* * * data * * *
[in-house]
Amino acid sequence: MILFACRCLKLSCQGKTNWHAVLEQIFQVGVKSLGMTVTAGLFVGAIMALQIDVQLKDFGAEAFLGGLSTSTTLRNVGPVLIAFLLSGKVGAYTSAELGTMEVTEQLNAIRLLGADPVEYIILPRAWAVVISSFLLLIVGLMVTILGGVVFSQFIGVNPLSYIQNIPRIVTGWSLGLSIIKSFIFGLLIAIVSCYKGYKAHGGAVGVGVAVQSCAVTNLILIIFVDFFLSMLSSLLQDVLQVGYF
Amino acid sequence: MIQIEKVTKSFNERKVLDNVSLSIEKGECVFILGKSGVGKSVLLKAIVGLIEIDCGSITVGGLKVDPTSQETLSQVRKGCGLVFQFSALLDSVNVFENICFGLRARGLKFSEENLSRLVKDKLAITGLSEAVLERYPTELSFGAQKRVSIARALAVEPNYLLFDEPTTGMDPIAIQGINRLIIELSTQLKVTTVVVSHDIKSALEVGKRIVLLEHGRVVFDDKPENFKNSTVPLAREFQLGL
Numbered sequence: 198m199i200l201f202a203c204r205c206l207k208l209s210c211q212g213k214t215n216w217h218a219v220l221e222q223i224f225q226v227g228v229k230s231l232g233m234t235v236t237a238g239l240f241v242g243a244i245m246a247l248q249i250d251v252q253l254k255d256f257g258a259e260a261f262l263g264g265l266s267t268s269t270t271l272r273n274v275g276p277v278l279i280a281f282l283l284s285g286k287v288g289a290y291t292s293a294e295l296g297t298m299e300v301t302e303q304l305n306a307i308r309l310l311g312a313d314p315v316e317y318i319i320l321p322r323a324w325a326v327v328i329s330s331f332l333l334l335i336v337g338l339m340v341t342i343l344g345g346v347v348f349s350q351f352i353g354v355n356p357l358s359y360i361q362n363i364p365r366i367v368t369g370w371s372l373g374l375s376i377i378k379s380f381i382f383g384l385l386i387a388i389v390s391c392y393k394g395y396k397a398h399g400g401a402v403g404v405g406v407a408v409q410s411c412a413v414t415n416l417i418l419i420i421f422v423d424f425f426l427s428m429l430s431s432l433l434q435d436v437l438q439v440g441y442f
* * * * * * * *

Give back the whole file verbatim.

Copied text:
[in-house]
Amino acid sequence: MILFACRCLKLSCQGKTNWHAVLEQIFQVGVKSLGMTVTAGLFVGAIMALQIDVQLKDFGAEAFLGGLSTSTTLRNVGPVLIAFLLSGKVGAYTSAELGTMEVTEQLNAIRLLGADPVEYIILPRAWAVVISSFLLLIVGLMVTILGGVVFSQFIGVNPLSYIQNIPRIVTGWSLGLSIIKSFIFGLLIAIVSCYKGYKAHGGAVGVGVAVQSCAVTNLILIIFVDFFLSMLSSLLQDVLQVGYF
Amino acid sequence: MIQIEKVTKSFNERKVLDNVSLSIEKGECVFILGKSGVGKSVLLKAIVGLIEIDCGSITVGGLKVDPTSQETLSQVRKGCGLVFQFSALLDSVNVFENICFGLRARGLKFSEENLSRLVKDKLAITGLSEAVLERYPTELSFGAQKRVSIARALAVEPNYLLFDEPTTGMDPIAIQGINRLIIELSTQLKVTTVVVSHDIKSALEVGKRIVLLEHGRVVFDDKPENFKNSTVPLAREFQLGL
Numbered sequence: 198m199i200l201f202a203c204r205c206l207k208l209s210c211q212g213k214t215n216w217h218a219v220l221e222q223i224f225q226v227g228v229k230s231l232g233m234t235v236t237a238g239l240f241v242g243a244i245m246a247l248q249i250d251v252q253l254k255d256f257g258a259e260a261f262l263g264g265l266s267t268s269t270t271l272r273n274v275g276p277v278l279i280a281f282l283l284s285g286k287v288g289a290y291t292s293a294e295l296g297t298m299e300v301t302e303q304l305n306a307i308r309l310l311g312a313d314p315v316e317y318i319i320l321p322r323a324w325a326v327v328i329s330s331f332l333l334l335i336v337g338l339m340v341t342i343l344g345g346v347v348f349s350q351f352i353g354v355n356p357l358s359y360i361q362n363i364p365r366i367v368t369g370w371s372l373g374l375s376i377i378k379s380f381i382f383g384l385l386i387a388i389v390s391c392y393k394g395y396k397a398h399g400g401a402v403g404v405g406v407a408v409q410s411c412a413v414t415n416l417i418l419i420i421f422v423d424f425f426l427s428m429l430s431s432l433l434q435d436v437l438q439v440g441y442f